I have noticed in perusing the plain old peanut butter jar labels that many have sugar (in the form of dextrose, I think), or oils like cottonseed oil. What’s up with that?
It took a lot of label reading to find peanuts that had simply peanuts and salt listed as ingredients.
– Susan (last name unknown)
You can chalk that up to a term food companies love — “shelf stability”.
If you can create a product that can sit on store and pantry shelves for months, you have an advantage in the market.
Consumers love shelf stability because they don’t have to worry about a food product spoiling, and can also be transported at room temperature with minimal issues.
Another important reason? Texture.
The oils added to peanut butter are partially — or, more recently, fully — hydrogenated, creating that familiarly uniform and spreadable texture.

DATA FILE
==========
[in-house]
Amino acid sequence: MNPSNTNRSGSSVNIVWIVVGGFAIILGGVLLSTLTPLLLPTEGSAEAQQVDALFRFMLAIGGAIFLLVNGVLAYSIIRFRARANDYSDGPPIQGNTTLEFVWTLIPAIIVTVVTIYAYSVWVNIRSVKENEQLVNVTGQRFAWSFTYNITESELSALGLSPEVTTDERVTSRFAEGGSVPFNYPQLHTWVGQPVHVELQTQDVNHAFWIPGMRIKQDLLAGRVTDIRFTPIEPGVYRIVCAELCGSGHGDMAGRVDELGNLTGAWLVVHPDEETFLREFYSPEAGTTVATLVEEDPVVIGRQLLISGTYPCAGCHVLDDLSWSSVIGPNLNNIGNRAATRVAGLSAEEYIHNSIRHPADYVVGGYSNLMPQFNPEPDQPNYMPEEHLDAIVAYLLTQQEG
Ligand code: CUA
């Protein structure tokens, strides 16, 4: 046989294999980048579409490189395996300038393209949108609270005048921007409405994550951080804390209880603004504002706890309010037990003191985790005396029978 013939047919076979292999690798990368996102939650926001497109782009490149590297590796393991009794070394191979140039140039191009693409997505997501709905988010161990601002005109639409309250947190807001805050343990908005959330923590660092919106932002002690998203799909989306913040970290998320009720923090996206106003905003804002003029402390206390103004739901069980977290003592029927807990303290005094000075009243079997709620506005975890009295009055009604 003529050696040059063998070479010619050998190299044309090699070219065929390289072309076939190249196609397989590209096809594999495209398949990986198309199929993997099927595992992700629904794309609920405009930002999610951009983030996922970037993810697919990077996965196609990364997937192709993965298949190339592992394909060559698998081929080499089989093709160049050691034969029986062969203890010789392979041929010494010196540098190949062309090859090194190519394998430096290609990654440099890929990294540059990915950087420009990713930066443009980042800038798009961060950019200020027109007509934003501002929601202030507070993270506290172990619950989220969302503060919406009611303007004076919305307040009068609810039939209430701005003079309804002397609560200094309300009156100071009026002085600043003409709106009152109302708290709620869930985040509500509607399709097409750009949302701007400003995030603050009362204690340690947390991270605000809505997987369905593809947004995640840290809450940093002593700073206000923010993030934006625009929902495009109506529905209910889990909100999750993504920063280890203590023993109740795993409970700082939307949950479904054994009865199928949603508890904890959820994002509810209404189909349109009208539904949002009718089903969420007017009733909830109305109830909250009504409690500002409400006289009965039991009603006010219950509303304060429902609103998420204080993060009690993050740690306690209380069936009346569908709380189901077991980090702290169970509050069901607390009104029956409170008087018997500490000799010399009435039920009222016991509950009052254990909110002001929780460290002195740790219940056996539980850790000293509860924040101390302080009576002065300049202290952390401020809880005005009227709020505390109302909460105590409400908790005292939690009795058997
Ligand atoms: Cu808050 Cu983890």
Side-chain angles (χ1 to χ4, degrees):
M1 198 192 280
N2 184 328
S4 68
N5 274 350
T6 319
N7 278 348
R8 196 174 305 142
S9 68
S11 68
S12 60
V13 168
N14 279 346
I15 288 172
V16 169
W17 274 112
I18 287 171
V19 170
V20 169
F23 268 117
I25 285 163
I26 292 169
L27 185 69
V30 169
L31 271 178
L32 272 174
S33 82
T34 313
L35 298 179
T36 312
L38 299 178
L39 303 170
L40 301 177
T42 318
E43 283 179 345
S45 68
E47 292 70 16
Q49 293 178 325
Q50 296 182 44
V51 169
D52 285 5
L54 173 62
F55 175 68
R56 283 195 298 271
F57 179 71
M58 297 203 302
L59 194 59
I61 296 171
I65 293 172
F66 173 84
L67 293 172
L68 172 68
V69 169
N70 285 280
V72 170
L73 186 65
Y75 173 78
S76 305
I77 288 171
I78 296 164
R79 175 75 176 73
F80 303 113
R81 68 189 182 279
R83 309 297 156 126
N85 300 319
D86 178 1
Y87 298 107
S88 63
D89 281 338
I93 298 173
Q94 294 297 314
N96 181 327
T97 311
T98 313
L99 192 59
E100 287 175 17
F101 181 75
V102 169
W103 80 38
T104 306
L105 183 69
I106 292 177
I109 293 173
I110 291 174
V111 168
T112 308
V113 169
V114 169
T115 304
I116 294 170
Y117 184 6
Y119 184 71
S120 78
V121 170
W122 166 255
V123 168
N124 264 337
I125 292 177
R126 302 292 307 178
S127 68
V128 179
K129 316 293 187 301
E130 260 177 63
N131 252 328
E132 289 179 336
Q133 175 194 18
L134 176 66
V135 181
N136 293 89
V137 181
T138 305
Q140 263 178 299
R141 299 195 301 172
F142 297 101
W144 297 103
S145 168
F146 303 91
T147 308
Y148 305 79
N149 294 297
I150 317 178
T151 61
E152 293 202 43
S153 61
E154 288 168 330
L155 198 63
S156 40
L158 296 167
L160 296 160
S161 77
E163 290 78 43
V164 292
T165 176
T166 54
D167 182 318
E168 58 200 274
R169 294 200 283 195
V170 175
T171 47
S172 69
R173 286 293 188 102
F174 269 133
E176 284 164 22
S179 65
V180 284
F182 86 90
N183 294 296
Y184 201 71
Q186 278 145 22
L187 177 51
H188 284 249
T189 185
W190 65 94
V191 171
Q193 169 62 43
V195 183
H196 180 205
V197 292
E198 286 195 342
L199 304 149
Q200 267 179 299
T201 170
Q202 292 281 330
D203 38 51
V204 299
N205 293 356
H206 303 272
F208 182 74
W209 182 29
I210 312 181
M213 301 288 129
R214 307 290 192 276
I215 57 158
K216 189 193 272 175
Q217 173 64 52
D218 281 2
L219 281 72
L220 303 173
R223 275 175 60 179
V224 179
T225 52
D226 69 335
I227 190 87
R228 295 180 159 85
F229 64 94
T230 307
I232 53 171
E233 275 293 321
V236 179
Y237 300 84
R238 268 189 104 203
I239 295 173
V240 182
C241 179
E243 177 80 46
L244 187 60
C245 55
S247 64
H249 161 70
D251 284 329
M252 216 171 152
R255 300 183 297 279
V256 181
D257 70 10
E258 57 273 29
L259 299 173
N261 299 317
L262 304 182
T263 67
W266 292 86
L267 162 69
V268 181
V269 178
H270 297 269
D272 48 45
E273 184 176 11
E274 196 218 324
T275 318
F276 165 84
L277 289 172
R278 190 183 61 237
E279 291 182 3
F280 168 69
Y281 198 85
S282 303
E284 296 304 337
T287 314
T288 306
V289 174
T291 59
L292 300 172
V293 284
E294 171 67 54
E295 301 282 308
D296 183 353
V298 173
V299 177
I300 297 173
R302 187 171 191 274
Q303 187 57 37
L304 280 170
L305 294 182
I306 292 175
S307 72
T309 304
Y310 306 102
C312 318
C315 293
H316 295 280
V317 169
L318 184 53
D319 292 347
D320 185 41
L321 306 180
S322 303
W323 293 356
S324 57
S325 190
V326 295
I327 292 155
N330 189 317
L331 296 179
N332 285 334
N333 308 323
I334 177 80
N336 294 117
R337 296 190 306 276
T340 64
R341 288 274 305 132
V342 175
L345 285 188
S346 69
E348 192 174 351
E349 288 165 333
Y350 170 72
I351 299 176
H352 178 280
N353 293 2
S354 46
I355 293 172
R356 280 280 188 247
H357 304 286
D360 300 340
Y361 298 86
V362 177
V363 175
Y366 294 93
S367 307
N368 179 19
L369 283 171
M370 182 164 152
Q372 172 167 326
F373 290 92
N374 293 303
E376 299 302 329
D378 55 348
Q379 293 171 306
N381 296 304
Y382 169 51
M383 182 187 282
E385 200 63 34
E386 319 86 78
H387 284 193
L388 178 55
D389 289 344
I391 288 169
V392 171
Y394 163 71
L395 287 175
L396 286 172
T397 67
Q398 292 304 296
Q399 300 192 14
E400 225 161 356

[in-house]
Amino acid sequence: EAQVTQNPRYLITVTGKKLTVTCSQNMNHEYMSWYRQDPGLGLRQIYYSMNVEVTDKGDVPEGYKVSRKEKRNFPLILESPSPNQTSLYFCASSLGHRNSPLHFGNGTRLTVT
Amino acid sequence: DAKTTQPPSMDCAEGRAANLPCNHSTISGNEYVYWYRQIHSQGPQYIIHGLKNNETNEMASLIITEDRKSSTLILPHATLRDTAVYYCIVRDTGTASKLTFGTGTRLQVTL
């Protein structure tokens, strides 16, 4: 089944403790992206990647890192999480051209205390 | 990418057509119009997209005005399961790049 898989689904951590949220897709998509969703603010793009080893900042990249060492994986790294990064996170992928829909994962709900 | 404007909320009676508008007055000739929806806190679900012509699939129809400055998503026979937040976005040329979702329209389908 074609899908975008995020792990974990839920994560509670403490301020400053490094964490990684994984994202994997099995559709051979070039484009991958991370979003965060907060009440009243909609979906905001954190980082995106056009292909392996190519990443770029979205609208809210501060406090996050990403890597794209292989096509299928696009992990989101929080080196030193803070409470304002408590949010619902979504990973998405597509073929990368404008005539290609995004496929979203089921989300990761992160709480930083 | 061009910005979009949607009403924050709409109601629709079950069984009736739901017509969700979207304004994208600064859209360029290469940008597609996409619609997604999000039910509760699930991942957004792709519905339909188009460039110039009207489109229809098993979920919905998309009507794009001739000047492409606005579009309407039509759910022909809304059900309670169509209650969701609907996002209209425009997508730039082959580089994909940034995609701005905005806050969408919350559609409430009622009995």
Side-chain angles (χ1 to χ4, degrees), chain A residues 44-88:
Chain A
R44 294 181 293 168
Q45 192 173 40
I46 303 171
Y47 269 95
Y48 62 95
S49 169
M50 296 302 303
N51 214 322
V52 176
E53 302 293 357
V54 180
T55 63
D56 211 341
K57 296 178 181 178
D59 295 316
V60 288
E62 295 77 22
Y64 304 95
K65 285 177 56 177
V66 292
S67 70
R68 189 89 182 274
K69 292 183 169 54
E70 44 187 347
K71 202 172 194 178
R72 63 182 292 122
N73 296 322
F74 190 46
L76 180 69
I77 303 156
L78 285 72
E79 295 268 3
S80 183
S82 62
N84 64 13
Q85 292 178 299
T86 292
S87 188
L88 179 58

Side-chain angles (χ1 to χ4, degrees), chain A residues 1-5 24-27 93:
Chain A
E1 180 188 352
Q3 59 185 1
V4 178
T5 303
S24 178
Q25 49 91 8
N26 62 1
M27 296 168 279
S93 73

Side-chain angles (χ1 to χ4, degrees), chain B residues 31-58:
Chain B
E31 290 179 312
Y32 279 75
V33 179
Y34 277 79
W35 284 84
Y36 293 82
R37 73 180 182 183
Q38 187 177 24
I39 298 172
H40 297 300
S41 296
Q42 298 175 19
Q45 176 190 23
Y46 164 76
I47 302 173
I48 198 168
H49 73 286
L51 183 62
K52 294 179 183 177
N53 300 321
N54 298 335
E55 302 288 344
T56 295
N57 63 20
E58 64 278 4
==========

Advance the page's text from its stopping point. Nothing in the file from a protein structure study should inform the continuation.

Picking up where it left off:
I always recommend “natural” nut butters, which simply contain the ground up nut and, in some cases, a pinch of salt.
Since the naturally-occurring oil in these varieties separates, you need to stir the contents of the jar first, and then refrigerate for optimal storage and freshness.
Although conventional peanut butter brands often get slammed for containing added sugar, their sugar content isn’t that high. A standard two-tablespoon serving only offers 2 grams (a half teaspoon) of added sugar.
I’m more concerned about the partially hydrogenated oils, especially since the oils used are ones with awful omega 6 to omega 3 ratios.
Here in New York City, even conventional supermarkets carry one or two “natural” brands, mainly Smuckers and the generic White Rose label.